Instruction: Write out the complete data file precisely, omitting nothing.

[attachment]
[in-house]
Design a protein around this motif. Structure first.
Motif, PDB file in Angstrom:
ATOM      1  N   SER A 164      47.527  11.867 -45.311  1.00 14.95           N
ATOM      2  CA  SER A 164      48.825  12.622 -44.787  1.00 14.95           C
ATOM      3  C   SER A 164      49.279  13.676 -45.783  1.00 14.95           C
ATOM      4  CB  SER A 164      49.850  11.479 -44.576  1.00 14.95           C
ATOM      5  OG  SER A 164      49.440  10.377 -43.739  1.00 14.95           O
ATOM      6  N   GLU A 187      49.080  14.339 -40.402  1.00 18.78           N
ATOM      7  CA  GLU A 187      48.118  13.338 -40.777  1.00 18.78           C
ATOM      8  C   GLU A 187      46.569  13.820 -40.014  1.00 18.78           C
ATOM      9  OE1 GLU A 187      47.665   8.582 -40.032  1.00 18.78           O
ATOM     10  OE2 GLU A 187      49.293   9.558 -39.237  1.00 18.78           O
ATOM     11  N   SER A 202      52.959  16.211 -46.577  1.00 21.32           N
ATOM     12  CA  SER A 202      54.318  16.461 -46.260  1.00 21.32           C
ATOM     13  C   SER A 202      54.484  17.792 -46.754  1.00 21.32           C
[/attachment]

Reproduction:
[in-house]
Design a protein around this motif. Structure first.
Motif, PDB file in Angstrom:
ATOM      1  N   SER A 164      47.527  11.867 -45.311  1.00 14.95           N
ATOM      2  CA  SER A 164      48.825  12.622 -44.787  1.00 14.95           C
ATOM      3  C   SER A 164      49.279  13.676 -45.783  1.00 14.95           C
ATOM      4  CB  SER A 164      49.850  11.479 -44.576  1.00 14.95           C
ATOM      5  OG  SER A 164      49.440  10.377 -43.739  1.00 14.95           O
ATOM      6  N   GLU A 187      49.080  14.339 -40.402  1.00 18.78           N
ATOM      7  CA  GLU A 187      48.118  13.338 -40.777  1.00 18.78           C
ATOM      8  C   GLU A 187      46.569  13.820 -40.014  1.00 18.78           C
ATOM      9  OE1 GLU A 187      47.665   8.582 -40.032  1.00 18.78           O
ATOM     10  OE2 GLU A 187      49.293   9.558 -39.237  1.00 18.78           O
ATOM     11  N   SER A 202      52.959  16.211 -46.577  1.00 21.32           N
ATOM     12  CA  SER A 202      54.318  16.461 -46.260  1.00 21.32           C
ATOM     13  C   SER A 202      54.484  17.792 -46.754  1.00 21.32           C